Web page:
Sounds to me in retrospect that two things happened. First, the university went cheap and didn't spend the money to hire top-notched talent. That's why a lot of fellow posters on these boards probably were upset when Steve Cottingham hired Buzz. In short, we remember.

Secondly, my guess is there was a battle within the university over trival issues as to what having a highly paid basketball coach and a high visibility basketball team really meant. Arrogant professors thought an institution of higher learning should not be known for its basketball team, is my guess. If you look at the time, I'll betcha the student body by 1988 or 1989 was a whole lot less diverse than it was in the 1970s -- because Marquette fell off the radar screen.

The said thing was the malaise that typified the basketball program in the 1980s could have been avoided. It was really clear there was a huge problem as early as March 1978. The evidence appeared on a court in Indianapolis when a heavily favored Marquette team, ranked second in the country, lost to unhearlded Miami of Ohio.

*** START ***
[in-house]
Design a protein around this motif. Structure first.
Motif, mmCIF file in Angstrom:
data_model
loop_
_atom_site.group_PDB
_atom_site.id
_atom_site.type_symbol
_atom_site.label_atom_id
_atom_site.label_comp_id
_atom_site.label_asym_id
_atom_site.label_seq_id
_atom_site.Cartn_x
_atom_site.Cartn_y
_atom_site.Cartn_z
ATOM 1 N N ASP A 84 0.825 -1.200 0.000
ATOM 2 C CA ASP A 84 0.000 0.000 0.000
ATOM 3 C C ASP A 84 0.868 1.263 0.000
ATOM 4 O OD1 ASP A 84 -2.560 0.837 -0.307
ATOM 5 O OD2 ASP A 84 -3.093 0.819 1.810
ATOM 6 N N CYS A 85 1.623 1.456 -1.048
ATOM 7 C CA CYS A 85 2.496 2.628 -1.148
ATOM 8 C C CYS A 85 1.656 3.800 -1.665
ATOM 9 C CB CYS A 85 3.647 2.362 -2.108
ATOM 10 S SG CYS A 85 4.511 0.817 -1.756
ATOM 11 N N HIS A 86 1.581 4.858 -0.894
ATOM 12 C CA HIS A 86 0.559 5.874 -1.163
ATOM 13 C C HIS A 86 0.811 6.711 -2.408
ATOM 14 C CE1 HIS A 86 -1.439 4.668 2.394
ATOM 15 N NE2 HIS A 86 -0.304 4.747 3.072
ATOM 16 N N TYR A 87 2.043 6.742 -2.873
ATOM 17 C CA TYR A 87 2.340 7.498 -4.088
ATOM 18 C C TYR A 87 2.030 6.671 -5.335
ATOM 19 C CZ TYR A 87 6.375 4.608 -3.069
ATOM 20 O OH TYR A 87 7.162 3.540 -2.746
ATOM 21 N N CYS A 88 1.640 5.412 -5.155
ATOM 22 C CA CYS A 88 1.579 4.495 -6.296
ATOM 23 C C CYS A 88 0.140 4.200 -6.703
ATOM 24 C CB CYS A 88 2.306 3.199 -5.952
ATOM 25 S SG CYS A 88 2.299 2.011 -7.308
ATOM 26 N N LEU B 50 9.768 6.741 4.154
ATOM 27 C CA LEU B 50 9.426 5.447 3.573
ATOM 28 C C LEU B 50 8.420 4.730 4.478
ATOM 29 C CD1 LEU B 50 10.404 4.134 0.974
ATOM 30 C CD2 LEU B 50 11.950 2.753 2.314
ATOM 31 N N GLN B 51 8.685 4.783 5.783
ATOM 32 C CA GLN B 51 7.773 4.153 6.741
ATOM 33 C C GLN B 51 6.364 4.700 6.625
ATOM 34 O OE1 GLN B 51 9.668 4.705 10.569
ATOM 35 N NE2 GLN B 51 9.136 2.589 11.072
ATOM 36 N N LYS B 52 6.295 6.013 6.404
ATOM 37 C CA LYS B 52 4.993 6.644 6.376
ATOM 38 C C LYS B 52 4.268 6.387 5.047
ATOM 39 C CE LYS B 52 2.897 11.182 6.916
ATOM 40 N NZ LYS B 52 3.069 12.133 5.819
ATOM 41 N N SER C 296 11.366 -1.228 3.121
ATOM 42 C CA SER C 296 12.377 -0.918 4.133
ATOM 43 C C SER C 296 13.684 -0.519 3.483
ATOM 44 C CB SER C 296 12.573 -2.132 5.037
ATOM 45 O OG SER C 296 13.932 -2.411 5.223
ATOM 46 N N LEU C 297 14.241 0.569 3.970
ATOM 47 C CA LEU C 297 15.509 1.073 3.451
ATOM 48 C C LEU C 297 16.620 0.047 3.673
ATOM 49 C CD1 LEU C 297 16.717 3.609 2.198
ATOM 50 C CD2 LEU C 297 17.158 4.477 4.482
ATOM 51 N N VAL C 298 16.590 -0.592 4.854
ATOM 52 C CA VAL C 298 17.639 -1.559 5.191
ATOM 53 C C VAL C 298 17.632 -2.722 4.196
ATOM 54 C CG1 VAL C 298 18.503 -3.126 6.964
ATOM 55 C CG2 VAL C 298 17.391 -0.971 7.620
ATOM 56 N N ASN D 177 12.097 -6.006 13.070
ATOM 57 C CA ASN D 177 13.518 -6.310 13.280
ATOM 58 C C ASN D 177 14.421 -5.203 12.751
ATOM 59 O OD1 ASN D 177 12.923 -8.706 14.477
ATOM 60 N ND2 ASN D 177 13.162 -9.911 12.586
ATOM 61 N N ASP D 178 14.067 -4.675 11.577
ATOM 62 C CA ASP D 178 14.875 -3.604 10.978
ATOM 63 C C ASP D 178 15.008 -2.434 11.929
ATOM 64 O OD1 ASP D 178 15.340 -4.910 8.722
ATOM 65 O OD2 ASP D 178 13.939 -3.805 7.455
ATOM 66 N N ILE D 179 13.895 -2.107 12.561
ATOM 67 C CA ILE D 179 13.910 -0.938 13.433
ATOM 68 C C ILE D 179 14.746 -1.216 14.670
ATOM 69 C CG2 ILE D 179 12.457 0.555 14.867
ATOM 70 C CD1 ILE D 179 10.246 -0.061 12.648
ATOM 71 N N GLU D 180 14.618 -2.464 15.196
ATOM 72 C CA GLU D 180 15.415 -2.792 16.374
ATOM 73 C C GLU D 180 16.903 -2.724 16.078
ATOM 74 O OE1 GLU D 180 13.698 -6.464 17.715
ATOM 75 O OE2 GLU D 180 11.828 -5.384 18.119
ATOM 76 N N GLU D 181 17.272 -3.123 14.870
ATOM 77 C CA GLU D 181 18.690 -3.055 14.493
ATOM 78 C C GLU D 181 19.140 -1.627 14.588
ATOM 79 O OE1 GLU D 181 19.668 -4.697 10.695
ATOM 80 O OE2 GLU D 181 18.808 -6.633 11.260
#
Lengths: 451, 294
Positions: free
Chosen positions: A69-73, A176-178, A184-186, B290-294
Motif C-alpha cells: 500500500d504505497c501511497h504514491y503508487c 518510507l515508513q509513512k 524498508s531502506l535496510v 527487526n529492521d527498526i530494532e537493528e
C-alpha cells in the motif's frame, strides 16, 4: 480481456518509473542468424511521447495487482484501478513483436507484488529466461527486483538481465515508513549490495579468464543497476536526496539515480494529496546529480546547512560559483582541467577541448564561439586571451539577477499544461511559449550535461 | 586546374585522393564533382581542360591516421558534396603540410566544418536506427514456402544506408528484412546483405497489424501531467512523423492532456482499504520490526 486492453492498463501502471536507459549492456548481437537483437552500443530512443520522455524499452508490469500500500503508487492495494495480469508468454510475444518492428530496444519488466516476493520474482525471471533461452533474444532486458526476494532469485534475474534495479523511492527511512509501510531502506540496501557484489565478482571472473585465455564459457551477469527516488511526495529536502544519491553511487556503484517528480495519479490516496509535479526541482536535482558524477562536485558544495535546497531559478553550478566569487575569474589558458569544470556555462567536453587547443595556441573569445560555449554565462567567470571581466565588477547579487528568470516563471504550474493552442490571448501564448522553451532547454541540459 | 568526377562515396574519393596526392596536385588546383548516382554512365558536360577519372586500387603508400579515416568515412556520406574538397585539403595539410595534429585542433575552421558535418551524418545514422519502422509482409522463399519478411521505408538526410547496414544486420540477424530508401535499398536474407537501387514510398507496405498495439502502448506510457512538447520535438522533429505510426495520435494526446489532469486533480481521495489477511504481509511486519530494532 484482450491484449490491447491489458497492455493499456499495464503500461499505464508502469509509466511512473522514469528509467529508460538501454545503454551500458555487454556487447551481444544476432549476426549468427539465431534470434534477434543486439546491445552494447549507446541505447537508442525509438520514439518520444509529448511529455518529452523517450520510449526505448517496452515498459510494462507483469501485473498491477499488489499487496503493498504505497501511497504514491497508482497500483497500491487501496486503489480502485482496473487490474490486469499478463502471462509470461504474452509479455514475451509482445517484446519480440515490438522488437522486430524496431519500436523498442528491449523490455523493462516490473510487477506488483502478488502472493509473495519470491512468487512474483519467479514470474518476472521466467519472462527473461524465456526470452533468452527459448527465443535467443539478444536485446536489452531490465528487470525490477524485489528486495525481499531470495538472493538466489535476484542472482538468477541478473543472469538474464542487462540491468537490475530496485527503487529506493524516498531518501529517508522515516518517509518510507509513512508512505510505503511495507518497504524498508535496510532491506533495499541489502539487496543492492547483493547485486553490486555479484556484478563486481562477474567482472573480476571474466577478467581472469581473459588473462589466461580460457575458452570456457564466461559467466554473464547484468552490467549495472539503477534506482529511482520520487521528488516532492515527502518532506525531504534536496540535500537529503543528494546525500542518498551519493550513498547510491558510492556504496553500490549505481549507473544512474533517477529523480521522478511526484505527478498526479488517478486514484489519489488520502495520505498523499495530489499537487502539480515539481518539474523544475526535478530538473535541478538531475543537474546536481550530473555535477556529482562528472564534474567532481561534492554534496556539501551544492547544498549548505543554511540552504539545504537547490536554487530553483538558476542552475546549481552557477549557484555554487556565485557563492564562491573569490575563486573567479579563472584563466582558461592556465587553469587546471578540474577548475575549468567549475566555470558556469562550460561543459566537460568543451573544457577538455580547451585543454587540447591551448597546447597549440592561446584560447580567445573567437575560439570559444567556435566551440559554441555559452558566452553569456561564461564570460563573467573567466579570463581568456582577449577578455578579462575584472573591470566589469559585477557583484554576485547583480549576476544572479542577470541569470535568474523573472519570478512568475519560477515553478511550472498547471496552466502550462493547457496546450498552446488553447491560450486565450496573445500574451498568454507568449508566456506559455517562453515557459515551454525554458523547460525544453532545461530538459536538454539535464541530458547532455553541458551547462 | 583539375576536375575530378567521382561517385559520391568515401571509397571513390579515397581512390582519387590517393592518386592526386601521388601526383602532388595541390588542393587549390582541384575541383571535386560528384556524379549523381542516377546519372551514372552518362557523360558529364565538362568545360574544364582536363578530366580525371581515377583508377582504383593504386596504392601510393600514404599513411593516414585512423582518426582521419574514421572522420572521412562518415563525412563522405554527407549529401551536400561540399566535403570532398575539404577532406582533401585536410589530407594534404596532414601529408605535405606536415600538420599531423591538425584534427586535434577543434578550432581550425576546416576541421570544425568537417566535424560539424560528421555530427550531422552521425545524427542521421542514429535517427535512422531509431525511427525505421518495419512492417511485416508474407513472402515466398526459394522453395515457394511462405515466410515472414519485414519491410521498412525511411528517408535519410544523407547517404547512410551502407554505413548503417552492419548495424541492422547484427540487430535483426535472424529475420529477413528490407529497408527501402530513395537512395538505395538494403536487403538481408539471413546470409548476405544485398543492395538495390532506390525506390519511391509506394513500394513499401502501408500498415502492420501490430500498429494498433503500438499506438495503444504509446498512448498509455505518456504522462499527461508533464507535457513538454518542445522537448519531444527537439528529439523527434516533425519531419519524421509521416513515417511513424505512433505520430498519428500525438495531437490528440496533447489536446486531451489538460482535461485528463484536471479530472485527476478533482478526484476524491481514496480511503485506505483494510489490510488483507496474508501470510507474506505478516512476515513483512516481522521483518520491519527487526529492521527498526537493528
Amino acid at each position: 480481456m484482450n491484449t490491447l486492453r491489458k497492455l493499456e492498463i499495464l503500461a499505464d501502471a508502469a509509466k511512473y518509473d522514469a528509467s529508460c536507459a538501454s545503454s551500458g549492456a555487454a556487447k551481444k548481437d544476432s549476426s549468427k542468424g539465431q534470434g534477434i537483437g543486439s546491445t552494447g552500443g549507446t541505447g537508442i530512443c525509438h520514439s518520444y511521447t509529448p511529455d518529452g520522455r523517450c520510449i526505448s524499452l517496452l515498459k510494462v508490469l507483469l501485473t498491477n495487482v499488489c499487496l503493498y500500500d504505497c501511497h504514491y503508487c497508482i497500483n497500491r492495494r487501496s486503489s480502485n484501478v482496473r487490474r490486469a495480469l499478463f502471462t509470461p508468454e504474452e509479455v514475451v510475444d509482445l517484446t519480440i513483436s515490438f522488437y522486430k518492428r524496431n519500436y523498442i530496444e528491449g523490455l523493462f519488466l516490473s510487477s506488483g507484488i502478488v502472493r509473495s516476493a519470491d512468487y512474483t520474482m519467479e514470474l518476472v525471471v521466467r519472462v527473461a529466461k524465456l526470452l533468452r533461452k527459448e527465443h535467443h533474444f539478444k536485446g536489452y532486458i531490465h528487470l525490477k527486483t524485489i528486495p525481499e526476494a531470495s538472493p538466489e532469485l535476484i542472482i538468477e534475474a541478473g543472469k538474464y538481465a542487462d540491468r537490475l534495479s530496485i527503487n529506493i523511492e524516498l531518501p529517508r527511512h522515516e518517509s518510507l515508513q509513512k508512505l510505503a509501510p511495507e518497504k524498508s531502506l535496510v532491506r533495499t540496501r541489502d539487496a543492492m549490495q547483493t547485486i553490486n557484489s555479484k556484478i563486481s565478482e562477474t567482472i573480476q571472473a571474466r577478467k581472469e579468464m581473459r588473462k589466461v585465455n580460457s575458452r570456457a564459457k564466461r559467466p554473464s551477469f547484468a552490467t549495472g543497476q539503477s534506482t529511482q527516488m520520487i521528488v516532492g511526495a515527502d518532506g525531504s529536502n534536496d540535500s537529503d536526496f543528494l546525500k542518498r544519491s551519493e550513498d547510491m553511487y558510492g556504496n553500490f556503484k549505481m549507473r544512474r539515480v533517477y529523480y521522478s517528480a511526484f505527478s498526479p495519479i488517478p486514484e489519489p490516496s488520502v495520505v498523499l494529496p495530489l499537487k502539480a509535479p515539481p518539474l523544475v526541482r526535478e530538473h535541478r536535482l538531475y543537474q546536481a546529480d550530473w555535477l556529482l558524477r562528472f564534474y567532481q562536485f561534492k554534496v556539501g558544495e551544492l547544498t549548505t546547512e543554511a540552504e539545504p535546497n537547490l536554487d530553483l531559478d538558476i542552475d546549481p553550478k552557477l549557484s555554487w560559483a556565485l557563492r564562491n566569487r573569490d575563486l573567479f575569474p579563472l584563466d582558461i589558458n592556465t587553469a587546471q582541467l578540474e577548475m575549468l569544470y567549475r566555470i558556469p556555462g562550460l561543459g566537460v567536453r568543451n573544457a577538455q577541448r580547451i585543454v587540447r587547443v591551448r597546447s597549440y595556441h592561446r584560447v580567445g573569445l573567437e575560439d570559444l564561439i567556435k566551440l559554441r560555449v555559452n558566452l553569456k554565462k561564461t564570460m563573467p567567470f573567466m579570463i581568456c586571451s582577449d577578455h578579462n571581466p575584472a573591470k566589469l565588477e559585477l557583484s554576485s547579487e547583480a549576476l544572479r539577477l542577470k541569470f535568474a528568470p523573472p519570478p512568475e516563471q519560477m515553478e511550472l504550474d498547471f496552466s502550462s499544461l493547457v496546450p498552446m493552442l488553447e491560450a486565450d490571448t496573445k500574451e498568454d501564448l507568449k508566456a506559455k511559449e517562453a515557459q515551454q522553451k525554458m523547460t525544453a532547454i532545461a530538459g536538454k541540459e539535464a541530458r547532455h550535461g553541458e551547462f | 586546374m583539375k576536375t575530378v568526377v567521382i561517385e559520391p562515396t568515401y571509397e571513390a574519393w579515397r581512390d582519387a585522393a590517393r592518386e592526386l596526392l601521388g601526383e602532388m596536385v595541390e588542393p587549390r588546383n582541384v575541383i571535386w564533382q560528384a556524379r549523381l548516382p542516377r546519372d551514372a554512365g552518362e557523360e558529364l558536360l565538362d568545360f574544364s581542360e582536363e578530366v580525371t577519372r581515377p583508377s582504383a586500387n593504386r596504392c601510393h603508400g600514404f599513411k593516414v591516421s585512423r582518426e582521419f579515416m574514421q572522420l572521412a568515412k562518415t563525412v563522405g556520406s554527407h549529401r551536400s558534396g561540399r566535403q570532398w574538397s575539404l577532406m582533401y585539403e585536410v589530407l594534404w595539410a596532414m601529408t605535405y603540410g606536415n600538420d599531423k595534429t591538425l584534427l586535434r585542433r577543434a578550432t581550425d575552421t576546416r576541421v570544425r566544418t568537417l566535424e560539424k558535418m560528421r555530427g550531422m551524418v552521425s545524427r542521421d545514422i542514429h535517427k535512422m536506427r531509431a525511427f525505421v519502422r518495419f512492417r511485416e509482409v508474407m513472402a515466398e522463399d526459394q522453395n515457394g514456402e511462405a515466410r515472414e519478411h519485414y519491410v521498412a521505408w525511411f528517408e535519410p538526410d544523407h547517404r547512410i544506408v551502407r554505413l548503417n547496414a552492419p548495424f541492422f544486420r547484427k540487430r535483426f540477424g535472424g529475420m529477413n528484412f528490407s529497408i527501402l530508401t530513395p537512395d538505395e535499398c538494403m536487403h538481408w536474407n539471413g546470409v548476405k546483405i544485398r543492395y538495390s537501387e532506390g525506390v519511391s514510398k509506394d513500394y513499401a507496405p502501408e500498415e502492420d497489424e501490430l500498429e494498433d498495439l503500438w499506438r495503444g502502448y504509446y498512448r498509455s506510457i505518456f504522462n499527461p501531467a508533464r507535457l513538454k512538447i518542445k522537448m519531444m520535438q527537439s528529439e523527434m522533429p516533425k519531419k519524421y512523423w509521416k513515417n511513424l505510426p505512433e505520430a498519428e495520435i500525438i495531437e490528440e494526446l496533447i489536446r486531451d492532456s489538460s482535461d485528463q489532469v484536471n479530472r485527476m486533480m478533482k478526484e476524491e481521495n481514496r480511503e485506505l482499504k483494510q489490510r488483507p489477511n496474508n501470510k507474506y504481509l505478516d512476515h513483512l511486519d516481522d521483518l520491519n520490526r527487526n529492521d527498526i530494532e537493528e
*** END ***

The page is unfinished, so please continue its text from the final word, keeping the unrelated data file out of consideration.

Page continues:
Upsets occasionally happen, but not like that. It was the 1978 equivalent of a 16 seed beating a 1 seed. It was coaching and Hank Raymonds' inability to maintain the composure of his team that led to that loss. It also sent a horrible message about Marquette to the world (aka, Al was gone), just when the Big East emerged.

At the time, we could have had anybody, except, maybe, Dean Smith, Bobby Knight and John Wooden. We were coming off a national championship and the cupboard was still plenty full with what was coming in. We cheaped out (see above), ended up with Hank and the 1980s started!